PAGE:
KUNMING, Dec 2, 2019, TASS. The Shanghai Cooperation Organization’s authority is constantly growing mainly thanks to Russia’s active role in its work and development, the alliance’s Secretary-General Vladimir Norov told TASS.
“Definitely, the SCO’s growing authority and role is mainly linked to Russia’s active role in solving vital issues related to international and regional politics, and security,” Norov stressed. “Today Russia plays a very important and key role in solving respective issues.”
In particular, Russia has made a great contribution to ensuring global stability, he pointed out. Norov also recalled the important role of the SCO regional anti-terror structure, which began its work in 2004. “It created a platform of trust and joint measures of security structures and law enforcement agencies on thwarting terrorist and extremist steps and timely detecting and holding accountable individuals who are plotting to carry out terror attacks,” he said. “I believe Russia has made a major contribution here by ensuring stability and security in the organization’s space.”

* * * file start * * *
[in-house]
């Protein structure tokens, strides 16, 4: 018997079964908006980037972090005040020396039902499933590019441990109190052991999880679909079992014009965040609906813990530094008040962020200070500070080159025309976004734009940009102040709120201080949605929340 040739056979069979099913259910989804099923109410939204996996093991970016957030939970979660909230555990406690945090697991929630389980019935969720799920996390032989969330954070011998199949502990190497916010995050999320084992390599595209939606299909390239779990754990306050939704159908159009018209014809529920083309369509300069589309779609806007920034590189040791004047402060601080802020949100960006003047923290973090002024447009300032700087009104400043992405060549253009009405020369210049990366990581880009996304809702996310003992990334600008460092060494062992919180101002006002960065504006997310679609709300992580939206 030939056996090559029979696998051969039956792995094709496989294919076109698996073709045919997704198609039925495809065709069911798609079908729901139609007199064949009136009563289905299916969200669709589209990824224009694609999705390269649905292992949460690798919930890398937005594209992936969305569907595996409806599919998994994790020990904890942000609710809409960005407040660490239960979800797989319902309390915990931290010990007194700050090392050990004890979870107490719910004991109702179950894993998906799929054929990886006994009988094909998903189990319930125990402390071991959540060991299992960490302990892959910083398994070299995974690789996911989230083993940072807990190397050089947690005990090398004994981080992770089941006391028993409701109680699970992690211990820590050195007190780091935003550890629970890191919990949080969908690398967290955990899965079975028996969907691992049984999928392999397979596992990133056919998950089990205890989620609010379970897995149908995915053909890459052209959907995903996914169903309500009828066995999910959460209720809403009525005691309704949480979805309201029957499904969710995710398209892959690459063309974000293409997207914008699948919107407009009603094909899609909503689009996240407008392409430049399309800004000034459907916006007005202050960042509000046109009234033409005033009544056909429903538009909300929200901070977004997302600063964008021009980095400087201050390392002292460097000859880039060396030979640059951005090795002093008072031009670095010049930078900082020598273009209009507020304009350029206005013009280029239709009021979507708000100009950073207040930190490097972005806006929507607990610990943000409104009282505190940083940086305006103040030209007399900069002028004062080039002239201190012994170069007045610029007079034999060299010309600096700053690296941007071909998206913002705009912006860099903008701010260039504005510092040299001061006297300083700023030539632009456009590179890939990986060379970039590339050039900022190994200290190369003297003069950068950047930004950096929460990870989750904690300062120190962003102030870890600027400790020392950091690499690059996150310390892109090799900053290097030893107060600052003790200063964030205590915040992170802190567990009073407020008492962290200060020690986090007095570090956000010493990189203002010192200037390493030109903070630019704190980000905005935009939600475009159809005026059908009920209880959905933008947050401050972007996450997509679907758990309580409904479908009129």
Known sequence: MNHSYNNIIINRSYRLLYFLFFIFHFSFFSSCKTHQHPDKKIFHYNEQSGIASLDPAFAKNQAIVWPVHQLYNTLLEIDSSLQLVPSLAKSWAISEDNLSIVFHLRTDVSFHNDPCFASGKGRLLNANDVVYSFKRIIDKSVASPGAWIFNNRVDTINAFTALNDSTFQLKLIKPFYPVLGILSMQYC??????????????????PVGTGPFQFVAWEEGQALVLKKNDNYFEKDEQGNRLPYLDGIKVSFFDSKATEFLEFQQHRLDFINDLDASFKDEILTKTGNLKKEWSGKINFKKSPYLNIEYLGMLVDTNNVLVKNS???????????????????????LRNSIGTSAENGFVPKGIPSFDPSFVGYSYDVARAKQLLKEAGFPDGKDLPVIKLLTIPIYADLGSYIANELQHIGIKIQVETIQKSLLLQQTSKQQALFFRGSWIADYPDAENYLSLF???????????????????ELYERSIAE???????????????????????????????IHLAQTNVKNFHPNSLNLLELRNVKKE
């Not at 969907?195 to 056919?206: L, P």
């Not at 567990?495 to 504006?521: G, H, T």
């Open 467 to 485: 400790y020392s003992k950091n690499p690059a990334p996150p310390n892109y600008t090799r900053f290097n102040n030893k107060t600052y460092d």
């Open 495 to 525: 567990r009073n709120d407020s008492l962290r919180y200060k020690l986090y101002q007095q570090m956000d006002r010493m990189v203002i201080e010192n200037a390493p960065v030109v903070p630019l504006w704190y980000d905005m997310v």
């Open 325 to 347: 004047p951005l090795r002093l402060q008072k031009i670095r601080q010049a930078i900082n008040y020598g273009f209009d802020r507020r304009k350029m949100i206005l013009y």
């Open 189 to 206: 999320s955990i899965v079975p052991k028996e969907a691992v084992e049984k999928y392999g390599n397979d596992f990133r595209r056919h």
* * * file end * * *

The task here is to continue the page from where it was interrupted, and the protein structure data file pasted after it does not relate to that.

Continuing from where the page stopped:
According to estimates by the World Economic Forum in Davos, by 2030 the GDP of the world’s top economies will reach nearly $190 trln. “India, China and Russia will account for nearly 60% out of this figure,” he said.
Norov recalled that Russia and China are the SCO’s founding states, while India joined the alliance later, but is actively taking part in its activity. “I believe these three countries are the driving forces, which will boost our organization’s development. Russia plays a major role, this year [second half of 2019-first half of 2020] it holds chairmanship in the SCO, and more than 90 events, both political, economic, cultural and humanitarian, are scheduled for this period,” he said.
The Declaration on establishing the Shanghai Cooperation Organization was signed in China’s Shanghai in June 2001 by six founding states – Russia, China, Kazakhstan, Kyrgyzstan, Tajikistan, and Uzbekistan. India and Pakistan were granted full SCO membership on June 9, 2017. Afghanistan, Belarus, Iran and Mongolia currently enjoy observer status, while Sri Lanka, Turkey, Azerbaijan, Armenia, Cambodia and Nepal are dialogue partners.